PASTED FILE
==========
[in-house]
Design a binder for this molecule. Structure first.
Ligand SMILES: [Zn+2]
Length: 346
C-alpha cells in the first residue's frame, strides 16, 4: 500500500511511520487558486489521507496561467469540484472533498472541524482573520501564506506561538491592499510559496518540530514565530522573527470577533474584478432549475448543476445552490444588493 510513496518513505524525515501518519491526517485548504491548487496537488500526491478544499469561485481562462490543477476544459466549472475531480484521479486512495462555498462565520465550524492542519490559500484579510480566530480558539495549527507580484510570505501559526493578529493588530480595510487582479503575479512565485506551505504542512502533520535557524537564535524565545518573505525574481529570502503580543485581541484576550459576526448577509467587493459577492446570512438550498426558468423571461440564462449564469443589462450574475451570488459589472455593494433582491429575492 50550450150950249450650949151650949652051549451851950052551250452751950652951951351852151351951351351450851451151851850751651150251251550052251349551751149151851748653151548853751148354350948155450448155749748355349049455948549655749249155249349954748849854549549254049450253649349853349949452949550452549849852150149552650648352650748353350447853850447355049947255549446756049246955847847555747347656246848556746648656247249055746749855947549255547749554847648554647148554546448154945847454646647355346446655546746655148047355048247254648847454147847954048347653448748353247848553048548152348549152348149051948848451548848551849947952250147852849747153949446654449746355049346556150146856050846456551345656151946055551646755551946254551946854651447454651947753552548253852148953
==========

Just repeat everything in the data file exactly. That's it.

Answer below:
[in-house]
Design a binder for this molecule. Structure first.
Ligand SMILES: [Zn+2]
Length: 346
C-alpha cells in the first residue's frame, strides 16, 4: 500500500511511520487558486489521507496561467469540484472533498472541524482573520501564506506561538491592499510559496518540530514565530522573527470577533474584478432549475448543476445552490444588493 510513496518513505524525515501518519491526517485548504491548487496537488500526491478544499469561485481562462490543477476544459466549472475531480484521479486512495462555498462565520465550524492542519490559500484579510480566530480558539495549527507580484510570505501559526493578529493588530480595510487582479503575479512565485506551505504542512502533520535557524537564535524565545518573505525574481529570502503580543485581541484576550459576526448577509467587493459577492446570512438550498426558468423571461440564462449564469443589462450574475451570488459589472455593494433582491429575492 50550450150950249450650949151650949652051549451851950052551250452751950652951951351852151351951351351450851451151851850751651150251251550052251349551751149151851748653151548853751148354350948155450448155749748355349049455948549655749249155249349954748849854549549254049450253649349853349949452949550452549849852150149552650648352650748353350447853850447355049947255549446756049246955847847555747347656246848556746648656247249055746749855947549255547749554847648554647148554546448154945847454646647355346446655546746655148047355048247254648847454147847954048347653448748353247848553048548152348549152348149051948848451548848551849947952250147852849747153949446654449746355049346556150146856050846456551345656151946055551646755551946254551946854651447454651947753552548253852148953